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Baxter, Madison neighbors urged to speak up about local developer's plans

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THE FEED

Greater Grand Rapids Racial Equity Network advocates for community-led change in response to Rockford Construction's development plans.
Intersection at Baxter and Eastern

/Elizabeth Rogers Drouillard

Intersection at Baxter and Eastern


Intersection at Baxter and Eastern

Intersection at Baxter and Eastern /Elizabeth Rogers Drouillard

Attribution-No Derivative Works 3.0 Unported

Last week the Greater Grand Rapids Racial Equity Network (GGRREN) was made aware of plans by Rockford Construction to develop specific areas around Eastern Avenue and Cottage Grove Street, in southeast Grand Rapids. As a network of individuals and organizations committed to the elimination of racialized outcomes in greater Grand Rapids, we want to make sure that ongoing plans for development and growth in our neighborhoods create systems of opportunity for residents of color, and are aligned with what residents themselves have said they want. GGRREN believes that community input, genuine engagement, and sensitivity to racial dynamics, are essential aspects of all development activities.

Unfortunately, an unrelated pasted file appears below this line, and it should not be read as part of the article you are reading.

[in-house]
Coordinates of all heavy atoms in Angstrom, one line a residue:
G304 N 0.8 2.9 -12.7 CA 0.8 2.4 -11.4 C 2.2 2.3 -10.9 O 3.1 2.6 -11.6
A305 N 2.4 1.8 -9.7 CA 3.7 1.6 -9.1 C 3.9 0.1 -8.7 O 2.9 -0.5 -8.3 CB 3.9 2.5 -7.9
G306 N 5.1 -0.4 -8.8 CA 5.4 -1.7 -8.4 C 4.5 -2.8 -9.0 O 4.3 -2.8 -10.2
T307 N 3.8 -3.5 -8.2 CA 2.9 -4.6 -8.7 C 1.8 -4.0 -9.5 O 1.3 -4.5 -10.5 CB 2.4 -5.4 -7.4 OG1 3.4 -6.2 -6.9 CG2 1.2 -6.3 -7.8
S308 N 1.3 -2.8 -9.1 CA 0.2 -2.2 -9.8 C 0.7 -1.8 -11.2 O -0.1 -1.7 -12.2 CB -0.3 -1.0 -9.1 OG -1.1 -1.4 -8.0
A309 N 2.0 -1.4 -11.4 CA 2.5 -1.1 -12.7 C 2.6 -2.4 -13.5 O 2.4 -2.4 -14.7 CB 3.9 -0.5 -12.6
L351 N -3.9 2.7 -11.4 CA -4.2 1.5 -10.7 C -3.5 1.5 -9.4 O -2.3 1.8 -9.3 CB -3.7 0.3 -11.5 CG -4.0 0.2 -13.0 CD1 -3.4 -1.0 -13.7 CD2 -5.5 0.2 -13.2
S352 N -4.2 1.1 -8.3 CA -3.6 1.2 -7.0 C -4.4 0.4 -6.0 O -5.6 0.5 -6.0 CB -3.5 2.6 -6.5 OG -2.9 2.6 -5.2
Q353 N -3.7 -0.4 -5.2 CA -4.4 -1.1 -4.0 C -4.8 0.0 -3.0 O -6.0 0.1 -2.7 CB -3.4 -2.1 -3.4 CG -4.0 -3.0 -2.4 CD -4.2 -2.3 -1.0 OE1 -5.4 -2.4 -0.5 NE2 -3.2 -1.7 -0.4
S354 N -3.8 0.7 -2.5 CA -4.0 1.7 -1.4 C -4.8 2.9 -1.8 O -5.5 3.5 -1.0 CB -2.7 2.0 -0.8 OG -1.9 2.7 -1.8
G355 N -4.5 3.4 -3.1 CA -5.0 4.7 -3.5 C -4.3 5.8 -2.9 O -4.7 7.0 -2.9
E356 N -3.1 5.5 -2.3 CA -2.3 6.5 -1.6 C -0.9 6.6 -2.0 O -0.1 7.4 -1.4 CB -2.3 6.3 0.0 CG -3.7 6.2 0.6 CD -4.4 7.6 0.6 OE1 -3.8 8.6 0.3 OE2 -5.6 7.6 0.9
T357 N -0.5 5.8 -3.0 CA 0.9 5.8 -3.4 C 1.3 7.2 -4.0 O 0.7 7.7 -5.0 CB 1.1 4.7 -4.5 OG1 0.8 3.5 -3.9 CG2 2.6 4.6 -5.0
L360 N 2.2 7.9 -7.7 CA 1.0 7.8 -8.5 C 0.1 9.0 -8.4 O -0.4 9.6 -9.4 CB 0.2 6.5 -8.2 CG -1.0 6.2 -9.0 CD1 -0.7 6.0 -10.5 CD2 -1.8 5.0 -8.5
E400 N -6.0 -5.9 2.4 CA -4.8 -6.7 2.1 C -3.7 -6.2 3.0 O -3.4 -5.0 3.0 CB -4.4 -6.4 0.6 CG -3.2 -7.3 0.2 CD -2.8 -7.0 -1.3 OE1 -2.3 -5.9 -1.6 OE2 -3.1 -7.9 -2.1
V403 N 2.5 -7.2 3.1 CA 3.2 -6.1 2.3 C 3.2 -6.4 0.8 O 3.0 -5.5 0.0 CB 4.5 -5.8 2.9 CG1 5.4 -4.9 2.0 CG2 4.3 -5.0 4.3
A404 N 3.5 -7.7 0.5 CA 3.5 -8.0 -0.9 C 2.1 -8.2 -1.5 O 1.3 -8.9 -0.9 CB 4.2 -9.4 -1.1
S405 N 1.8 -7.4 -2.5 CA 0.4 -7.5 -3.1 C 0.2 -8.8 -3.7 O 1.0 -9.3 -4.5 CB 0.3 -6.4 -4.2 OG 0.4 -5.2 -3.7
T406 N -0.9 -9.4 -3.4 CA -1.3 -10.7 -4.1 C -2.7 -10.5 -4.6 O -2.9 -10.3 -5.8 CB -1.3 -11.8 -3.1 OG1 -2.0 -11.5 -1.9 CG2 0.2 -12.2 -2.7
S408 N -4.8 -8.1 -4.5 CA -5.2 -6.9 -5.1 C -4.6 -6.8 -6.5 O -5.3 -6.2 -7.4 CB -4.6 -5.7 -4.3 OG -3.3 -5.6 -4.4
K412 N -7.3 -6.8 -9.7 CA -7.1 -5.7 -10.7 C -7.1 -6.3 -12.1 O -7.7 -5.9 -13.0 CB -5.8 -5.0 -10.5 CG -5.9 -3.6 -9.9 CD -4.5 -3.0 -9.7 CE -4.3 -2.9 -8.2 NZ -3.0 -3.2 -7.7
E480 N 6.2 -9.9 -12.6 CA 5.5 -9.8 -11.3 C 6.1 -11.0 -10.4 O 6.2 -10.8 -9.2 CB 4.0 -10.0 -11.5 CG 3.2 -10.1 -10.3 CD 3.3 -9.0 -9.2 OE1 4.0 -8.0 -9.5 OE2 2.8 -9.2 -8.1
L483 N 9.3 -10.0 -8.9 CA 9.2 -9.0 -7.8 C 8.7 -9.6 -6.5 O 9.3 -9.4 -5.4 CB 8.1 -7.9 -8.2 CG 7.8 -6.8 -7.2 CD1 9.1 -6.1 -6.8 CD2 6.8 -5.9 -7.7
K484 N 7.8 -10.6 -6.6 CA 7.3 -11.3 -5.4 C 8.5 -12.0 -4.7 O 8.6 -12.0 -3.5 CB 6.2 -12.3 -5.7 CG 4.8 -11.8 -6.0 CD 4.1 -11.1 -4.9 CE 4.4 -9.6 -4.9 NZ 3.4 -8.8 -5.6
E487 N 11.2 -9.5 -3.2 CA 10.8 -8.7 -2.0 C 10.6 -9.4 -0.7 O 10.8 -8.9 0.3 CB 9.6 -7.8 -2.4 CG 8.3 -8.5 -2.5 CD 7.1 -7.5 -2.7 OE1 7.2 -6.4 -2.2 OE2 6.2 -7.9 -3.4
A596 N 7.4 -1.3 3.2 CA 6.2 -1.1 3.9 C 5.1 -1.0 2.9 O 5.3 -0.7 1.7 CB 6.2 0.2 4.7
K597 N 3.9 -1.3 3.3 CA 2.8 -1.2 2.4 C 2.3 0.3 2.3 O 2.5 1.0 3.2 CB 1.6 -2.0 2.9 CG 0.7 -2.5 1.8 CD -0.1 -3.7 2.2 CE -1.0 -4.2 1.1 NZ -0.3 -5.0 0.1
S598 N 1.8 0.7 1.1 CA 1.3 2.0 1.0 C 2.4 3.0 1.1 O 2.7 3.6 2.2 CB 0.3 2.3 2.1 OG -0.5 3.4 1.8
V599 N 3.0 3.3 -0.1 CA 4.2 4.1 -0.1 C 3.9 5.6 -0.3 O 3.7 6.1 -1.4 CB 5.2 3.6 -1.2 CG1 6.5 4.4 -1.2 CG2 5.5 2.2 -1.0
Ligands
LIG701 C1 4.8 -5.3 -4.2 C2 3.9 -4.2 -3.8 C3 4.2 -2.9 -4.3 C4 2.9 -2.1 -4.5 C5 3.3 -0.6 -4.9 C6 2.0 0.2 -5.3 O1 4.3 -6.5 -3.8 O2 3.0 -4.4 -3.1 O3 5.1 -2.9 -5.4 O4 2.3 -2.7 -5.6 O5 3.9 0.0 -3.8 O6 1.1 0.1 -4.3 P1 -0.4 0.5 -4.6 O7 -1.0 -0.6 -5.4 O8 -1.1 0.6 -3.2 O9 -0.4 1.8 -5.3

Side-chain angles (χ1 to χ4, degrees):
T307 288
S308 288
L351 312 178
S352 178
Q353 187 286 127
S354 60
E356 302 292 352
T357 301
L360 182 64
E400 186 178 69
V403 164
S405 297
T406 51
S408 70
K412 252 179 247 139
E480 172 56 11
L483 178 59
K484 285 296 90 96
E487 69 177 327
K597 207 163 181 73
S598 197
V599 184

"We don't want a carbon copy of other “developed” neighborhoods, like the Wealthy Street corridor, which in terms of business ownership, patronage, and culture have become almost exclusively white. Neighbors want improvements, but they want to be included in the process. Exclusion and marginalization have been the narratives of the past. Inclusion and engagement need to be the narrative of the future," says GGRREN member and Baxter neighbor, Kyle Lim.

The goal of this statement is to clarify the network's stance as it relates to ongoing plans for development and growth in the aforementioned neighborhoods.

Race

Why are we talking about race? The development plans are situated in or along communities that are largely populated by people of color. This is important because of our city’s collective racialized history, which has conferred benefits and access to opportinty for white populations while creating roadblocks and systemic disadvantages to populations of color. Despite our best intentions, race continues to define our lived experience in an inequitable way. 

History

It is important for us to frame our position in the context of history. Neighborhoods of color in Grand Rapids have endured a legacy of chronic disinvestment and exploitation by the hand of both public and private interests. Despite these disadvantages, people in these neighborhoods have worked to create a sense of community, which speaks to the resilience of the residents of these neighborhoods. These residents have dreams and visions of what their neighborhood can and should look like - dreams that are universally held across race, zip code, and background. 

Engagement